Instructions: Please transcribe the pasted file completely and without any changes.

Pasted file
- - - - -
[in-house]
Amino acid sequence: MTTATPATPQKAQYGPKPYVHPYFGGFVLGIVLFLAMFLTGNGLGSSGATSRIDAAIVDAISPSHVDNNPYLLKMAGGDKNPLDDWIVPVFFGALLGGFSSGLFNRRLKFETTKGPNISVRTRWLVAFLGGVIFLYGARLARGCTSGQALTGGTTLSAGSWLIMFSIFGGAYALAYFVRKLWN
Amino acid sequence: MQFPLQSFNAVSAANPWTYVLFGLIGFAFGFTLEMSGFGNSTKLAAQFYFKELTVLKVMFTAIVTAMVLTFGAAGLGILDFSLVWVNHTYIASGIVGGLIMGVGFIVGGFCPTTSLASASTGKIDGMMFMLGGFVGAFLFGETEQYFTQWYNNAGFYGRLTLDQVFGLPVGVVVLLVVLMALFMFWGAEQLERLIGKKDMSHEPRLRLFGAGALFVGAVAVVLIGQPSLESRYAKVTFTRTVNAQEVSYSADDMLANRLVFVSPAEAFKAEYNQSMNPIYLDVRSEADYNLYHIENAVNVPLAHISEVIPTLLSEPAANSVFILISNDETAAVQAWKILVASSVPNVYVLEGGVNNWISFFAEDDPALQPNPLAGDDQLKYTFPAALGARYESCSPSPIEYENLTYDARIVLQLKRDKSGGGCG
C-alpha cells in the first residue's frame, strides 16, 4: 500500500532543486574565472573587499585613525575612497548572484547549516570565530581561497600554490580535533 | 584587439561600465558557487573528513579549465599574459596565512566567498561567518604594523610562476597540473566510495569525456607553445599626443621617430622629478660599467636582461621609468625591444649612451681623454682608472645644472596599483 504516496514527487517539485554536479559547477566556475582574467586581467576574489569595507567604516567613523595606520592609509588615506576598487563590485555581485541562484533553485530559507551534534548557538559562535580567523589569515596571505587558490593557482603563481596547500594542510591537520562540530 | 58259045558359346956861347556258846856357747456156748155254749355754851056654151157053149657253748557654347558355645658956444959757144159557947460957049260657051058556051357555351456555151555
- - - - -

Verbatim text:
[in-house]
Amino acid sequence: MTTATPATPQKAQYGPKPYVHPYFGGFVLGIVLFLAMFLTGNGLGSSGATSRIDAAIVDAISPSHVDNNPYLLKMAGGDKNPLDDWIVPVFFGALLGGFSSGLFNRRLKFETTKGPNISVRTRWLVAFLGGVIFLYGARLARGCTSGQALTGGTTLSAGSWLIMFSIFGGAYALAYFVRKLWN
Amino acid sequence: MQFPLQSFNAVSAANPWTYVLFGLIGFAFGFTLEMSGFGNSTKLAAQFYFKELTVLKVMFTAIVTAMVLTFGAAGLGILDFSLVWVNHTYIASGIVGGLIMGVGFIVGGFCPTTSLASASTGKIDGMMFMLGGFVGAFLFGETEQYFTQWYNNAGFYGRLTLDQVFGLPVGVVVLLVVLMALFMFWGAEQLERLIGKKDMSHEPRLRLFGAGALFVGAVAVVLIGQPSLESRYAKVTFTRTVNAQEVSYSADDMLANRLVFVSPAEAFKAEYNQSMNPIYLDVRSEADYNLYHIENAVNVPLAHISEVIPTLLSEPAANSVFILISNDETAAVQAWKILVASSVPNVYVLEGGVNNWISFFAEDDPALQPNPLAGDDQLKYTFPAALGARYESCSPSPIEYENLTYDARIVLQLKRDKSGGGCG
C-alpha cells in the first residue's frame, strides 16, 4: 500500500532543486574565472573587499585613525575612497548572484547549516570565530581561497600554490580535533 | 584587439561600465558557487573528513579549465599574459596565512566567498561567518604594523610562476597540473566510495569525456607553445599626443621617430622629478660599467636582461621609468625591444649612451681623454682608472645644472596599483 504516496514527487517539485554536479559547477566556475582574467586581467576574489569595507567604516567613523595606520592609509588615506576598487563590485555581485541562484533553485530559507551534534548557538559562535580567523589569515596571505587558490593557482603563481596547500594542510591537520562540530 | 58259045558359346956861347556258846856357747456156748155254749355754851056654151157053149657253748557654347558355645658956444959757144159557947460957049260657051058556051357555351456555151555